Monday , March 8 2021
Home / Econbrowser - James Hamilton / No to: “the stock market which doubled under Trump”

No to: “the stock market which doubled under Trump”

Summary:
There are many people whose brains are “data-free zones”, and this comment is one example of the resulting exposition. For completeness, here is a plot of the S&P500 (expressed relative to 2017M01). Figure 1: S&P 500 index as ratio to 2017M01 (blue, left scale), and 10 year constant maturity Treasury yield, % (brown, right scale). Orange shading denotes Trump administration. Source: FRED, author’s calculations. As of January 2021, the index is only 67% higher. At the same time, the 10 year Treasury is 1.3 percentage points lower, so one should’ve expected ceteris paribus stock prices to be lower higher (recalling that the stock price is the present discounted value of dividends). Folks, we live in an era where almost every macro/finance series — plus more — is available via FRED. Those

Topics:
Menzie Chinn considers the following as important:

This could be interesting, too:

The Street writes Jim Cramer’s Thoughts on GameStop, Tanger and Rocket Companies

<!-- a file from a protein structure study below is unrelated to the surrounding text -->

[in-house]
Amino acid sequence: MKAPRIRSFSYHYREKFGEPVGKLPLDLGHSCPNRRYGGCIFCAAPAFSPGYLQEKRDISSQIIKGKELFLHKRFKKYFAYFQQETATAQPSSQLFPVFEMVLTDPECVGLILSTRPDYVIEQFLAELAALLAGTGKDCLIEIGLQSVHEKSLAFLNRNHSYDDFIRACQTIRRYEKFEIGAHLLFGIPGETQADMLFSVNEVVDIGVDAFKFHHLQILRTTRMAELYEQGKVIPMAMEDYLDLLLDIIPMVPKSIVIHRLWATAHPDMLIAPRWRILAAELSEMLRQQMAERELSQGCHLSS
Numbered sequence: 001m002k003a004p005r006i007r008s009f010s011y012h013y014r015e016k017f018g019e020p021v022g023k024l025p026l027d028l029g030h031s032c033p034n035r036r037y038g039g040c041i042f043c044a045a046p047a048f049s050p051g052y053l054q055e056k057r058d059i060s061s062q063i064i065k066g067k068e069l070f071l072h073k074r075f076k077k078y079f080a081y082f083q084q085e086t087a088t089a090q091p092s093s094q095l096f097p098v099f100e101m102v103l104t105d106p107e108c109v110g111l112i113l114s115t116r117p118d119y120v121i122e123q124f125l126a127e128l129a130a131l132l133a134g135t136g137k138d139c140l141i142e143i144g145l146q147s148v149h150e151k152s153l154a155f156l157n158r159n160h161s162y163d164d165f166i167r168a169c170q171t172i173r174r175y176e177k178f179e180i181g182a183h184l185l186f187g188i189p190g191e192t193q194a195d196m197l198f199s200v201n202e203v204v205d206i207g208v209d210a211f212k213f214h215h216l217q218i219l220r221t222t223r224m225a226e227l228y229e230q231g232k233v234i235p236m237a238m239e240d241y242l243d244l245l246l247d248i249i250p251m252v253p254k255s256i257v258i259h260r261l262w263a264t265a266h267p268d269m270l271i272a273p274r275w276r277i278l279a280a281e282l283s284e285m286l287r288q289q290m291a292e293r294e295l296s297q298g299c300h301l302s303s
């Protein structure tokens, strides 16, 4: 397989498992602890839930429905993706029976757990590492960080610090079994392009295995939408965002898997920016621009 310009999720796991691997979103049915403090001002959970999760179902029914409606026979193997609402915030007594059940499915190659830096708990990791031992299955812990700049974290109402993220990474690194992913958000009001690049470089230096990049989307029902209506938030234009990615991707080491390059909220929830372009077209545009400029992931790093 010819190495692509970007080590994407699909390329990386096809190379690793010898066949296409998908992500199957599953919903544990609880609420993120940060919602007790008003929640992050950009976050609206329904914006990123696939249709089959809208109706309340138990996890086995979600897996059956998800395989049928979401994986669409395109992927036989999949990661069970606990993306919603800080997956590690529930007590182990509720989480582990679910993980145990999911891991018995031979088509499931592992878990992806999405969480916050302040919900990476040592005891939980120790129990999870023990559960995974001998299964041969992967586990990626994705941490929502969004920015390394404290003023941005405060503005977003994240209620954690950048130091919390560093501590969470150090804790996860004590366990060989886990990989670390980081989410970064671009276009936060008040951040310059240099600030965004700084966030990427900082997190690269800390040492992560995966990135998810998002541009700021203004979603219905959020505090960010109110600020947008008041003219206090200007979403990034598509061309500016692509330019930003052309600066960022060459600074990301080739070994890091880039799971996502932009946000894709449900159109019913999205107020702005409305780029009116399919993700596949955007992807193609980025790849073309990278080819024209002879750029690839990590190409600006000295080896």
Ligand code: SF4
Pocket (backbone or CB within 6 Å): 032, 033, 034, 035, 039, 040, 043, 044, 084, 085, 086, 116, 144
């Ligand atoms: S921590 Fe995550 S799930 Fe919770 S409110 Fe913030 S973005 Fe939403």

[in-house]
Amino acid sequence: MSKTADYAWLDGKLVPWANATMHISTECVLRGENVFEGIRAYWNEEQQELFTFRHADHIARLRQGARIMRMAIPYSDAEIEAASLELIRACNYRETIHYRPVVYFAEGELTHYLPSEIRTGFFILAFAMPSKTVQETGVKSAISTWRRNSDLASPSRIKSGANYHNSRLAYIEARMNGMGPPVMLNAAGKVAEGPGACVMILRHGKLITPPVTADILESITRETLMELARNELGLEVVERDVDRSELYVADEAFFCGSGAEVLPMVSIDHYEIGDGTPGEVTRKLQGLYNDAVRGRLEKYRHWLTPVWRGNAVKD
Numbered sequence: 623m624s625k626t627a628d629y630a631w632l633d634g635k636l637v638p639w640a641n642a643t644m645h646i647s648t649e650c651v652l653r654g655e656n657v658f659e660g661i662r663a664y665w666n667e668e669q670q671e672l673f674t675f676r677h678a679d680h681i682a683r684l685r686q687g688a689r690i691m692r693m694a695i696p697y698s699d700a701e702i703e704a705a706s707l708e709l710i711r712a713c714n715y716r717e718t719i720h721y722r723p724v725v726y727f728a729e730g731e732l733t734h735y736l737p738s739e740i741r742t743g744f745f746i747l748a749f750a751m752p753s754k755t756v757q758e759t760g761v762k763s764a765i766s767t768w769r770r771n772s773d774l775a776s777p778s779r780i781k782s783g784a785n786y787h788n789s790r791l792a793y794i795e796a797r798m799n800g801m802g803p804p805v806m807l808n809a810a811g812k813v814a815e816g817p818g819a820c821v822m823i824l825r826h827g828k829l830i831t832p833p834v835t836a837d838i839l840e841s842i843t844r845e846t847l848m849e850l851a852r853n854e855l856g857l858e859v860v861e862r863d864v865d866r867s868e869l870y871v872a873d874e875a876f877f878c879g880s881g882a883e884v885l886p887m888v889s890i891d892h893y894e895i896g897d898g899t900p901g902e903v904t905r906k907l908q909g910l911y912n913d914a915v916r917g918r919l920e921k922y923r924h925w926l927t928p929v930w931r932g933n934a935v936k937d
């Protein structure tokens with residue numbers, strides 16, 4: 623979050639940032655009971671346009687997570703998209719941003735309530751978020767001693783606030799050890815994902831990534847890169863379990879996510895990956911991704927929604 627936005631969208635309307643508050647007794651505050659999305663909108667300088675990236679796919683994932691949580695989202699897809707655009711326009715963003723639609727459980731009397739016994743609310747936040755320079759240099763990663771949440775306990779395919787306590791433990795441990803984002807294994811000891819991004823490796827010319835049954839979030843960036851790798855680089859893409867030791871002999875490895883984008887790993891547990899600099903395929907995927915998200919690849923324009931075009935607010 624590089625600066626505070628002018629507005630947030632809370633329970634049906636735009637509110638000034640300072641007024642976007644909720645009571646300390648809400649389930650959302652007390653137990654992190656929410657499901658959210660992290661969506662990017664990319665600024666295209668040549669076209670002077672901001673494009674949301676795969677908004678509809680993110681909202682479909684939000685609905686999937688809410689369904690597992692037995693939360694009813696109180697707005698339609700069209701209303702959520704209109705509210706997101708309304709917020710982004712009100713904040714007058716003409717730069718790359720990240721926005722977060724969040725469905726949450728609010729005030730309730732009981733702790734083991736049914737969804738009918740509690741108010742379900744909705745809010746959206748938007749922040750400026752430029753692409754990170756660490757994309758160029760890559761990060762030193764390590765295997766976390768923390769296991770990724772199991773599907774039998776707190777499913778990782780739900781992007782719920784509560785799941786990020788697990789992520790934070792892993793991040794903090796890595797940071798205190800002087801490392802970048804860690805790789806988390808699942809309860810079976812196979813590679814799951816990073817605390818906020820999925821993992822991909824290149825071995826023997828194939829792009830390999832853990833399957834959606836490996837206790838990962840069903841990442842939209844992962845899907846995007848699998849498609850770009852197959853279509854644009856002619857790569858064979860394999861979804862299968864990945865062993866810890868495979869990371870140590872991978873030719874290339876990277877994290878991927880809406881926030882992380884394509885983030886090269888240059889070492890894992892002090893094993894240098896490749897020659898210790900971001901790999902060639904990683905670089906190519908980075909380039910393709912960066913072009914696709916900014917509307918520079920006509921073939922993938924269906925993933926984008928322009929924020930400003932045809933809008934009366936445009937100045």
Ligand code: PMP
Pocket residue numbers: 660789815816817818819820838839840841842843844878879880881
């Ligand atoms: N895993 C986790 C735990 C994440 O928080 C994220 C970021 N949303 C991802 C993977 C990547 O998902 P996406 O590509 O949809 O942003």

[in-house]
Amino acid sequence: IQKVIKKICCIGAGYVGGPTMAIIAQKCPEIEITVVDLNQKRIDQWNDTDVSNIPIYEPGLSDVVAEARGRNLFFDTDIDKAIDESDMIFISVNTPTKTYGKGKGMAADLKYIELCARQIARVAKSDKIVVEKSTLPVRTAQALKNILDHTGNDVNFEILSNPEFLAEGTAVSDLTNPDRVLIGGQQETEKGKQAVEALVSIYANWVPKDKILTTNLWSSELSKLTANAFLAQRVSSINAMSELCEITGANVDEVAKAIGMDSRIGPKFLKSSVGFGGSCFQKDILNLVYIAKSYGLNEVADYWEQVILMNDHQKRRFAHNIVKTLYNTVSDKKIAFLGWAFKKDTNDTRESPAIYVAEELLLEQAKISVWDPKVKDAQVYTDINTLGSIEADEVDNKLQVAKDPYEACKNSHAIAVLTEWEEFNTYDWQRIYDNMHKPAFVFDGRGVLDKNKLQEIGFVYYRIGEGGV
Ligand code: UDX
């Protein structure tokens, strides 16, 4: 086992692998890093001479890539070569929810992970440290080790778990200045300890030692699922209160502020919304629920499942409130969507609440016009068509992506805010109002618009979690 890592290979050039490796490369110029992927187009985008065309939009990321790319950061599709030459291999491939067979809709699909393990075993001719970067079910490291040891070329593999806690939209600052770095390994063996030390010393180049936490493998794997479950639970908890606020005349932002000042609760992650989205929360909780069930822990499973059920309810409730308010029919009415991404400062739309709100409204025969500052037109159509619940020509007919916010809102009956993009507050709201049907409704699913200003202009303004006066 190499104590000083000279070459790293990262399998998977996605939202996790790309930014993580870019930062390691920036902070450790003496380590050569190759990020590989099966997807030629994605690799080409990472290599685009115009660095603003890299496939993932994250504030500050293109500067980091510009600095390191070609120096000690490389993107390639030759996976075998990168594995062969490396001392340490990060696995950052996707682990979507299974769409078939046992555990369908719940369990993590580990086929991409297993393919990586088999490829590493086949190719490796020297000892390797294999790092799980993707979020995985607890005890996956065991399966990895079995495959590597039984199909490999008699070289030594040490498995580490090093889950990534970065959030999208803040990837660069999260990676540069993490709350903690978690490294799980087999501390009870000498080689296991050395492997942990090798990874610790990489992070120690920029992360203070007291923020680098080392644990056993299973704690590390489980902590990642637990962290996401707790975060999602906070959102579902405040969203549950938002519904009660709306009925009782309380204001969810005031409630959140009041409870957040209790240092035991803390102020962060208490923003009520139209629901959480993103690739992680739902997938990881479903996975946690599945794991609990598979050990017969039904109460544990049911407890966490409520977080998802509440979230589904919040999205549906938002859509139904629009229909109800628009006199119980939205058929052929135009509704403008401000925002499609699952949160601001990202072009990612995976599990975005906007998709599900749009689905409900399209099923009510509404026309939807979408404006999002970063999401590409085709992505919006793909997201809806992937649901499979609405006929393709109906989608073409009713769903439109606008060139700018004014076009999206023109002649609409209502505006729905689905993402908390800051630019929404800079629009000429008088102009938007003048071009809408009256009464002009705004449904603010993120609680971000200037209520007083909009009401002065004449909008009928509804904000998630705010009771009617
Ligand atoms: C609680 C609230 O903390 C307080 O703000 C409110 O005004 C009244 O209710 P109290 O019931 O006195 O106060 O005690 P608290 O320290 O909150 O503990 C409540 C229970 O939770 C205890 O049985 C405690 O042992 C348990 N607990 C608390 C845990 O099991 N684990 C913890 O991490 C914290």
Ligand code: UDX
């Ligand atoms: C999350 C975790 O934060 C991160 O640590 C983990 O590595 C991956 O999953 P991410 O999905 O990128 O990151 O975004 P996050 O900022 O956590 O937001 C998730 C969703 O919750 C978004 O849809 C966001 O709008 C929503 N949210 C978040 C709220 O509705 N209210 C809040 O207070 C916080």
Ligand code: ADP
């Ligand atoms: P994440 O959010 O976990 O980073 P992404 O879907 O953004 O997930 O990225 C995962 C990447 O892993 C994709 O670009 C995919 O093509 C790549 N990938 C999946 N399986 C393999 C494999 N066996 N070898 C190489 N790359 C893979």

The Street writes It’s Time For Cathie Wood to Call Bottom in Tesla, Jim Cramer Says

The Street writes Tech Selloff: Jim Cramer Is Eyeing Facebook, Apple, Alphabet

The Street writes Why Jim Cramer Is Watching Boeing, Nvidia During Monday Market Rally

There are many people whose brains are “data-free zones”, and this comment is one example of the resulting exposition.

For completeness, here is a plot of the S&P500 (expressed relative to 2017M01).

No to: “the stock market which doubled under Trump”

Figure 1: S&P 500 index as ratio to 2017M01 (blue, left scale), and 10 year constant maturity Treasury yield, % (brown, right scale). Orange shading denotes Trump administration. Source: FRED, author’s calculations.

As of January 2021, the index is only 67% higher. At the same time, the 10 year Treasury is 1.3 percentage points lower, so one should’ve expected ceteris paribus stock prices to be lower higher (recalling that the stock price is the present discounted value of dividends).

Folks, we live in an era where almost every macro/finance series — plus more — is available via FRED. Those that aren’t, are available elsewhere (see this list, for gosh sake!). Unless you are deliberately aiming to confuse/mislead people, please look to the data.

PS: Great historical financial data, including CAPE, on Robert Shiller‘s website.

Menzie Chinn
He is Professor of Public Affairs and Economics at the University of Wisconsin, Madison

Leave a Reply

Your email address will not be published. Required fields are marked *